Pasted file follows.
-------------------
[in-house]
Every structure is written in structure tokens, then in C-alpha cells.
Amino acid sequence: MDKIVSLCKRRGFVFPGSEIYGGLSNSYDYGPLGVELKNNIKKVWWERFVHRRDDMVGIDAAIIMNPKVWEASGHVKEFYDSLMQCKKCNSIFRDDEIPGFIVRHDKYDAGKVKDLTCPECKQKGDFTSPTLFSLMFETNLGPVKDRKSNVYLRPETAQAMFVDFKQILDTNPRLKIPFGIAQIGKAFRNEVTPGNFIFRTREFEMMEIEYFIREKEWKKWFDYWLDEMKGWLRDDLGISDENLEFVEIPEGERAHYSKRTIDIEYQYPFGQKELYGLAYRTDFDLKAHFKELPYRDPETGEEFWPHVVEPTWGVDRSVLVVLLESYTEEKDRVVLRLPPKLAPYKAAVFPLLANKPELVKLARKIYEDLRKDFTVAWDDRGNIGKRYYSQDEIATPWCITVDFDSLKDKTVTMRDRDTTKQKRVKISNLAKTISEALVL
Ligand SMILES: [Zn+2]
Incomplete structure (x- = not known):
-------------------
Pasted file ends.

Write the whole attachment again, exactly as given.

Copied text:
[in-house]
Every structure is written in structure tokens, then in C-alpha cells.
Amino acid sequence: MDKIVSLCKRRGFVFPGSEIYGGLSNSYDYGPLGVELKNNIKKVWWERFVHRRDDMVGIDAAIIMNPKVWEASGHVKEFYDSLMQCKKCNSIFRDDEIPGFIVRHDKYDAGKVKDLTCPECKQKGDFTSPTLFSLMFETNLGPVKDRKSNVYLRPETAQAMFVDFKQILDTNPRLKIPFGIAQIGKAFRNEVTPGNFIFRTREFEMMEIEYFIREKEWKKWFDYWLDEMKGWLRDDLGISDENLEFVEIPEGERAHYSKRTIDIEYQYPFGQKELYGLAYRTDFDLKAHFKELPYRDPETGEEFWPHVVEPTWGVDRSVLVVLLESYTEEKDRVVLRLPPKLAPYKAAVFPLLANKPELVKLARKIYEDLRKDFTVAWDDRGNIGKRYYSQDEIATPWCITVDFDSLKDKTVTMRDRDTTKQKRVKISNLAKTISEALVL
Ligand SMILES: [Zn+2]
Incomplete structure (x- = not known):